Wino, for those of you unfortunate enough not to have come across the name before, is one of the great influential musicians of the hard rock scene. Having been involved in Saint Vitus, The obsessed and, more recently, the astonishingly good Shrinebuilder, the man is a one-off. A living legend whose worshipping of the riff is second to none and whose dedication to stoner rock/doom has produced a body of work which is practically without peer.
However, Wino here is cast adrift from the sonic might of his usual outlets and we find him in something of a contemplative mood and indulging in the sort of tortured acoustic balladry that you would imagine could only be the result of Cat Stevens and Nick Cave jamming together at a BBQ. ‘Adrift’ is a twelve song collection that is utterly without artifice with Wino handling almost everything himself (there’s some help from Ray Tilkens who also mixed the album and Jim ‘Sparky’ Karow who appears on ‘O.B.E’ but that’s your lot) and the result couldn’t be a more satisfying collection of songs that sit comfortably in the tradition of Neil Young, Bob Dylan and the aforementioned Cat Stevens.
Opening with the stunning title track, ‘Adrift’ is a beautiful work from the off and it is immediately remarkable how Wino manages to captivate you heart and soul with only the unadorned sound of his guitar and road-worn voice. It’s an album that draws heavily on the folk traditions with each track telling a story through the intelligently written and perfectly delivered vocals. ‘I don’t care’ strikes a more earthen groove, with an almost bluesy feel to its dark ‘n’ dirty main riff and the bright chords of the chorus, while Wino’s voice is gritty and struck though with integrity. ‘Hold on love’ is also storming with Wino pulling off the impressive feat of taking a simple acoustic and yet still managing to convey the impression of heaviness (a trick previously only noted on Michael Gira’s acoustic demos for the latest Swans album) while the multi-tracked vocals are straight out of ‘Tea for the tillerman’. Bravely Wino also takes on (and wins) Motorhead, covering ‘Iron horse/Born to lose’ and reimagining it as a stark, acoustic gem that is as removed from the original as Manic Street Preachers’ ‘been a son’ was from Nirvana.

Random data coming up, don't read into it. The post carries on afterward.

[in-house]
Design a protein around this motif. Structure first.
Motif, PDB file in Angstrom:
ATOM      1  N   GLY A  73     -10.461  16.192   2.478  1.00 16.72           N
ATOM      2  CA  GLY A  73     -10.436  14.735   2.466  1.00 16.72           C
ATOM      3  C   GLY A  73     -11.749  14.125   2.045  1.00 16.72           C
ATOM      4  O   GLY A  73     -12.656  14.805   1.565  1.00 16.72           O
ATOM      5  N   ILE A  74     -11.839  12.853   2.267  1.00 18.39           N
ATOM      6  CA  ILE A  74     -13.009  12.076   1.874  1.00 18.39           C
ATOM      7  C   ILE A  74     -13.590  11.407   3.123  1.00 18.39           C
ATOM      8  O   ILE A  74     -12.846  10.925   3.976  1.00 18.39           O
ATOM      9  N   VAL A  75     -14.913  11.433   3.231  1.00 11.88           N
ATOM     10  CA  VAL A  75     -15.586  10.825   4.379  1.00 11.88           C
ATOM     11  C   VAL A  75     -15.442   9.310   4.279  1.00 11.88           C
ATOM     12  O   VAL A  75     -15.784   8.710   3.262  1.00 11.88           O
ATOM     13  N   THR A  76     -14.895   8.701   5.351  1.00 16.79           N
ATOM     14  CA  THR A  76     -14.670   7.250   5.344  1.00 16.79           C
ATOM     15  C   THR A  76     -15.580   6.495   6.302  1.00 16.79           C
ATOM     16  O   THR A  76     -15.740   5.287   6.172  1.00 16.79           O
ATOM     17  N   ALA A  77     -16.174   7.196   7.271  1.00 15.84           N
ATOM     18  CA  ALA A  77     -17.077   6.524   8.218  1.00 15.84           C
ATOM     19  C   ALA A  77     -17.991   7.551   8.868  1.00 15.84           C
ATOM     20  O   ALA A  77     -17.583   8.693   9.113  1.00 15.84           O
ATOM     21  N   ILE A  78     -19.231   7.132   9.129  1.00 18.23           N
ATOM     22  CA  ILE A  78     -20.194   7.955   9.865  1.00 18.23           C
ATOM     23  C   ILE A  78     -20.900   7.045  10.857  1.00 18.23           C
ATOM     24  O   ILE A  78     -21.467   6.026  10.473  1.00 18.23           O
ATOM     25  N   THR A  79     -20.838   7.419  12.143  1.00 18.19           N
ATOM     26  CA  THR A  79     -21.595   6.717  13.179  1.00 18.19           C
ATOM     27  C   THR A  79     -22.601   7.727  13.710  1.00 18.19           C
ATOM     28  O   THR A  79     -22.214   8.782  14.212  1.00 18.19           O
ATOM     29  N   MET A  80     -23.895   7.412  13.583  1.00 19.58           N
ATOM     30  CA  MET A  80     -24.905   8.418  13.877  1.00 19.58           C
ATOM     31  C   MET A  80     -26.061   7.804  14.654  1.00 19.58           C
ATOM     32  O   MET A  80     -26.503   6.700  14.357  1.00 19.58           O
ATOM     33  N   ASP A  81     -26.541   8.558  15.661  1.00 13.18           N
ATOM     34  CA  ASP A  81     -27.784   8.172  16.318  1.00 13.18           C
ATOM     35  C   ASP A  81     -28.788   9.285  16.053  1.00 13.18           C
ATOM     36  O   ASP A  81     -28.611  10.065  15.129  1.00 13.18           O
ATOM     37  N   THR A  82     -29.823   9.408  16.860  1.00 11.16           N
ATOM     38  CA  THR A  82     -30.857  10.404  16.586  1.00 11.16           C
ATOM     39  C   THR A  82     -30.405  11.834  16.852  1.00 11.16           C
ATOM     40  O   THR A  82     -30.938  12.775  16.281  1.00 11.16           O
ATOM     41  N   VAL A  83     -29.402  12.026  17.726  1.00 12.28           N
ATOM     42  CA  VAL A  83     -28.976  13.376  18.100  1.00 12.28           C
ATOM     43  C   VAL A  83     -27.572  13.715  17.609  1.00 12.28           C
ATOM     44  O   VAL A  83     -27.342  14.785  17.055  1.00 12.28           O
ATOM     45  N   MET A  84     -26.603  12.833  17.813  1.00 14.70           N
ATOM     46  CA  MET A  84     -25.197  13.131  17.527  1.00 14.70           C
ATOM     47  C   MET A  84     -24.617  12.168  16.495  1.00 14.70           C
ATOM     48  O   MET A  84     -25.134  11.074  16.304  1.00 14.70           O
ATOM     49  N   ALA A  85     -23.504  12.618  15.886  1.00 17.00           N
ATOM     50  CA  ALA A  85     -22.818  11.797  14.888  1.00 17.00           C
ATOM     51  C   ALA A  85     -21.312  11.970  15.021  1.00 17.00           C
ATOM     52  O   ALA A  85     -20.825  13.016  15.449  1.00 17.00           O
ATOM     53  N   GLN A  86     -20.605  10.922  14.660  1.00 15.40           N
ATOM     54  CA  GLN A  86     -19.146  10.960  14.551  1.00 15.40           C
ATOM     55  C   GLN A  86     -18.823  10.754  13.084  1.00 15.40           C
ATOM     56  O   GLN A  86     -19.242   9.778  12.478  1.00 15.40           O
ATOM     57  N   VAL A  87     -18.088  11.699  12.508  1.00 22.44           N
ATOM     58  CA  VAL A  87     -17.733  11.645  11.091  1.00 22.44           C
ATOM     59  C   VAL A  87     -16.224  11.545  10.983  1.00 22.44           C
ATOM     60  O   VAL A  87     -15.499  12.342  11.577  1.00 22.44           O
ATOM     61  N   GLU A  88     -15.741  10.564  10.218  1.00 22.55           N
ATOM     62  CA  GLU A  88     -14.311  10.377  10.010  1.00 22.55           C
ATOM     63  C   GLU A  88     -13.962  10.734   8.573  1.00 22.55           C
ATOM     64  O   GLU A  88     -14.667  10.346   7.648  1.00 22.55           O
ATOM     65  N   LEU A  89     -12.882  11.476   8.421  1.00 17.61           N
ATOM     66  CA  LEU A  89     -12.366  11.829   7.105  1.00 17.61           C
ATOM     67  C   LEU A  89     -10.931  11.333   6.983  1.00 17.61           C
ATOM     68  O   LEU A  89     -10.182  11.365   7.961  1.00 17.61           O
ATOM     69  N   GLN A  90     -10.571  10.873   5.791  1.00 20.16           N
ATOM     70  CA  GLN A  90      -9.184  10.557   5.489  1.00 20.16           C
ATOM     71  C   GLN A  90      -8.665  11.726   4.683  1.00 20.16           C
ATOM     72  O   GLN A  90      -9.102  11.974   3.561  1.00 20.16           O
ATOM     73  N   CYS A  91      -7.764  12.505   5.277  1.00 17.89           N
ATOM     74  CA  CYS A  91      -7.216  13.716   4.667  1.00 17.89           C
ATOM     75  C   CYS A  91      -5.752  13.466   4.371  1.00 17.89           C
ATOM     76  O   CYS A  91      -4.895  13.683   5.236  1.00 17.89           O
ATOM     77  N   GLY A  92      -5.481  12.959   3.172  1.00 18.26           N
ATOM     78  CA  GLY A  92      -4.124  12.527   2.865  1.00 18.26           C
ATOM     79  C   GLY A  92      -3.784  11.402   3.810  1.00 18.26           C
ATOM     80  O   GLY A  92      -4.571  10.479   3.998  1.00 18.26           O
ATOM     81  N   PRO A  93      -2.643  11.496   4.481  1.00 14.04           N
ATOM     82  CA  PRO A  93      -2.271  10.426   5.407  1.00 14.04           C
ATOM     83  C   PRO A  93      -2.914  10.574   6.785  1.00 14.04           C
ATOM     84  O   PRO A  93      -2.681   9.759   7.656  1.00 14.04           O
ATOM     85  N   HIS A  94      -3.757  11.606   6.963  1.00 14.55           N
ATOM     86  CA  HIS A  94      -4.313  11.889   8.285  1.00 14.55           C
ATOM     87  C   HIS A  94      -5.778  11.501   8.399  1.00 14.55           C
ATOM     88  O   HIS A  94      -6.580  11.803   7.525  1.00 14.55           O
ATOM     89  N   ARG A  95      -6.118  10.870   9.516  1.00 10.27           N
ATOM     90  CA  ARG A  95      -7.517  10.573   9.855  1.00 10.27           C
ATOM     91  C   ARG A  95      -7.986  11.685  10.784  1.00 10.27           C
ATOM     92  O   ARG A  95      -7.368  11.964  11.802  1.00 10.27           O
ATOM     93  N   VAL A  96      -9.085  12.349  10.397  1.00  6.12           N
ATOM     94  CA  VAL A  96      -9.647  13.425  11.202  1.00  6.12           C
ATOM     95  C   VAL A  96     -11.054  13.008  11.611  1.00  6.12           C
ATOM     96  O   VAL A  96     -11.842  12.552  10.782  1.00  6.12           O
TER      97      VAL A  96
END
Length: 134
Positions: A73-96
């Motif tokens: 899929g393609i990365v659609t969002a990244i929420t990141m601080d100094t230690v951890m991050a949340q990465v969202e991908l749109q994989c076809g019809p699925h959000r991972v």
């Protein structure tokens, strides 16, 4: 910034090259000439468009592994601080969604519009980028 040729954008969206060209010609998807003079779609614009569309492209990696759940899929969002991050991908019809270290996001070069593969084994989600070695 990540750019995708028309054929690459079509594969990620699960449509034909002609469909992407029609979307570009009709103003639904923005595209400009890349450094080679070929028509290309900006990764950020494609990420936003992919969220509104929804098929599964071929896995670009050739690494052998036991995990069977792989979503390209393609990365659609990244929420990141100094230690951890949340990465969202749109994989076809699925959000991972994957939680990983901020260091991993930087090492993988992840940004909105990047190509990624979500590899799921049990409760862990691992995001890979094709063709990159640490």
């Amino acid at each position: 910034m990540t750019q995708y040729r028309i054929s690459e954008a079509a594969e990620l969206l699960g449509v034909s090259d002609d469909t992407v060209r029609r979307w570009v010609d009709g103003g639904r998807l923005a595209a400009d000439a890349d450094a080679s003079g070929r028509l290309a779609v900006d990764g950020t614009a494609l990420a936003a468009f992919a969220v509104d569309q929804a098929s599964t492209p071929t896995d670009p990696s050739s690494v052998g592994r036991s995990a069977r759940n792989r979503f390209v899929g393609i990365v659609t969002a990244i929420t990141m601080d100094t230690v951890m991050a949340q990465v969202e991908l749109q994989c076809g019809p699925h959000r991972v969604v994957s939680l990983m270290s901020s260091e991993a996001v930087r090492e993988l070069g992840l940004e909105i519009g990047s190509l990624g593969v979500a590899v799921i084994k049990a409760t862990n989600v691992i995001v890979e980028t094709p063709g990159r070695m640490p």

One of the album highlights, and a stunningly beautiful song, is ‘Suzanes song’, a baleful, gentle, instrumental piece that is shot through with emotion and tenderness. Equally, ‘DBear’ is a perfect foil, offering up a wonderful vocal and fast strumming which counterpoint the delicate musings of the previous track. Another cover, in the form of ‘shot in the head’ (Savoy brown) appears towards the end of the record with a shot of vitriol and cheap whiskey infusing the words with real bite. Most unusual is the watery follow up of O.B.E which is a strange foray into droning guitar and obscure effects – it’s an exciting experiment and provides a nice bridge into the speedily picked ‘green speed’ which brings the album to a close.
While ‘Adrift’ is a remarkable album on many levels it is clearly not going to satisfy everyone. Just as Black label Society ran into trouble with some fans for ‘hangover music Vol VI’, so purists who cling to images of Wino as being a black-clad, smoke enshrouded riff lord dedicated solely to churning out riffs of doom will find this album too light-weight for their tastes. However, for those who enjoy the prospect of hearing a different side to their heroes, this is a gorgeous album full of light and shade (and it is not nearly so unplugged as you might think – just listen to the blistering solo at the conclusion of ‘green speed’ for proof of that) and despite being exposed, blinking and bloodshot in the light, Wino proves without a doubt that he is the master of his instrument and his craft. This is a joyous celebration of a man whose talents were already beyond dispute – a triumph.